Furthermore, you will have experience with neurological rehabilitation, including working with amputee patients.

Theoretical Skills

In terms of theoretical skills, students will gain a strong foundational knowledge and understanding of medical science, physiotherapy science, musculoskeletal anatomy, rehabilitation, professional ethics, psychology and therapeutic exercise.

Interpersonal Skills

Above this, physiotherapists must also have interpersonal skills that allow them to communicate effectively with their patients. This involves empathy, understanding and compassion.

During their studies, students will learn how to build rapport with their patients and develop thorough interviewing skills.

“Main streams of skills which you develop in your degree are musculoskeletal anatomy and rehabilitation of MSK injuries, cardiorespiratory conditions and management, neurological rehabilitation including working with amputee patients. Some soft skills you develop are building rapport with patients and thorough interviewing skills.” — Tom James

What’s the Faculty and Culture Like?


The Faculty of Health and Behavioural Sciences allows students to learn from world-leading experts and gain hands-on experience through practical industry placements.

Whether you are studying occupational therapy, nursing, dentistry or physiotherapy, this faculty is full of dedicated teachers who create programs that will provide you with the skills to detect and prevent disease. The primary focus of this particular faculty is to create better healthcare services and to help people understand how to promote and sustain good health.

“The standout lectures I attended at UQ were on management of the wrist and hand. Occasionally an orthopaedic or neurosurgeon would come in for a guest lecture which was also fascinating.” — Tom James


There are so many places to go and events to see while studying at any of the UQ campuses. During exam periods, you can head on down with your friends to the UQ library, the largest research library in Queensland.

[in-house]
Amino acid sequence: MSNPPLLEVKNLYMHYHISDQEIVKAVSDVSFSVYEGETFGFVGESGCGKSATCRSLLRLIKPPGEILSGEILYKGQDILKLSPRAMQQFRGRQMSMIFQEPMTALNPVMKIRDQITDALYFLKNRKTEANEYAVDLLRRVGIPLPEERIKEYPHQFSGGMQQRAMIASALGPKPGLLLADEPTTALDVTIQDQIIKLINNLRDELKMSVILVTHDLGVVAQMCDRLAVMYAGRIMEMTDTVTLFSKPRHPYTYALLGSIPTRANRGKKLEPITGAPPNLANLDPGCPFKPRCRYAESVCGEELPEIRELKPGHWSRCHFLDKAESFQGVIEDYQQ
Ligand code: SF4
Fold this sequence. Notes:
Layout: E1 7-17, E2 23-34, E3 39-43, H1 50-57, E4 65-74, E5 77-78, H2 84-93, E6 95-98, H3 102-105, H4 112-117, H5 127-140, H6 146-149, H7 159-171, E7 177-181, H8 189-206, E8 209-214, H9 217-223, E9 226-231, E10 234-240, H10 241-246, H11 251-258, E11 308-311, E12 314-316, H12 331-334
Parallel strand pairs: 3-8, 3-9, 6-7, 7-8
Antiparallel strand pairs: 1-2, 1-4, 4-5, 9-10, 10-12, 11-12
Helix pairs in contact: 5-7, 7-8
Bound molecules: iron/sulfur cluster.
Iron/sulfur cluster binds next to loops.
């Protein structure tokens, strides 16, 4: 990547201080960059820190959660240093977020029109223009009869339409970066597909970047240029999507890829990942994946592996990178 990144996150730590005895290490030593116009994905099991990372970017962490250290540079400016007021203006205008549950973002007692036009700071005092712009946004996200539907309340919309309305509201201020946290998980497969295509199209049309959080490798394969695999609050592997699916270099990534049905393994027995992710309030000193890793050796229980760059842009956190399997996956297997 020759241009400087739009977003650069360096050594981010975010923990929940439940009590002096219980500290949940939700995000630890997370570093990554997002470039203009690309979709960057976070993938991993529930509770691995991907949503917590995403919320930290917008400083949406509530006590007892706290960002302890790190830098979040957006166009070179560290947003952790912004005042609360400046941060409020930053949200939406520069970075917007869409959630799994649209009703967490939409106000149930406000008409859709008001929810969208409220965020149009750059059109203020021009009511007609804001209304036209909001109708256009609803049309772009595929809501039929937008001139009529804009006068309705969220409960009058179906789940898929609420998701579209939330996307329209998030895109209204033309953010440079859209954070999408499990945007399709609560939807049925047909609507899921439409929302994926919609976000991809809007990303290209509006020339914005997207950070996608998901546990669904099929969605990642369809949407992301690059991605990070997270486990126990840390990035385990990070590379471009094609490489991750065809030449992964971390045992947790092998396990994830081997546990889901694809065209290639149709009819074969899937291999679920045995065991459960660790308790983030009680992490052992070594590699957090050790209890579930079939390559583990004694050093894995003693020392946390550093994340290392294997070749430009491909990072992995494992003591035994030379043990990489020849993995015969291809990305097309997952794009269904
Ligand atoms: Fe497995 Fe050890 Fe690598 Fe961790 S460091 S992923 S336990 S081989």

If you’re looking for a study break with friends, there are food, drink and retail stores galore. You can find a full list of restaurants and stores here!

Throughout each semester, there are also a variety of events for you to choose from.

If computing is your thing, you can attend the “Girls in Computing” event or if you’re looking to gain an understanding of the future of jobs, you can book a spot at the “Careers that shape the world” seminar.

These are only just a couple of examples, but you can find more about events here.

There are a couple of different societies that are important, the most important while I was at UQ was the Student Physiotherapy Association. This was run by some of the students, who often did fundraisers so they could provide pub crawls and graduation dinner celebrations.” — Tom James

Mentorship/Support Programs

UQ has a range of services designed to give students support during their studies. These include:

    • Health and Wellbeing
    • Mentoring
    • Study Skills
    • Counselling
    • Diversity
    • Disability & Inclusion
    • Financial Support
    • Workshops

You can explore the list of student support services here.

When discussing mentorship, Tom focused on his tutors and the support that they gave him throughout his degree.

“In some of the subjects you study there are tutoring groups. When I was studying, the tutors were usually senior Physiotherapy students, so you had a chance to ask about what 3rd and 4th year Physiotherapy was like during those sessions.” — Tom James

And that’s a wrap. We have given you the lowdown on this highly rewarding and exciting degree. Now it’s your turn to take the next step. Apply right here!

Wondering what the pros and cons of this degree are? Check out our article here!

Thomasin McCuaig is a Content Writer at Art of Smart and an Arts graduate with majors in English and Theatre and Performance Studies at the University of Sydney. Thomasin is a passionate writer, singer and drama teacher, who has had her work published in Holidays with Kids, Signature Luxury Travel and Style and Offspring Magazine. Thomasin also writes junior plays for her students and aims to publish a novel someday. During the COVID isolation period, Thomasin put her passion into practise and launched her own writing and editing business, ‘Re:Write Editing.’ In her spare time you will find her either napping, talking to her cats or looking up real estate for absolutely no reason at all. Fun fact: Thomasin appeared on Japanese morning breakfast show ‘ZIP!’ as a travel reporter, where she presented a six day exposé of Sydney!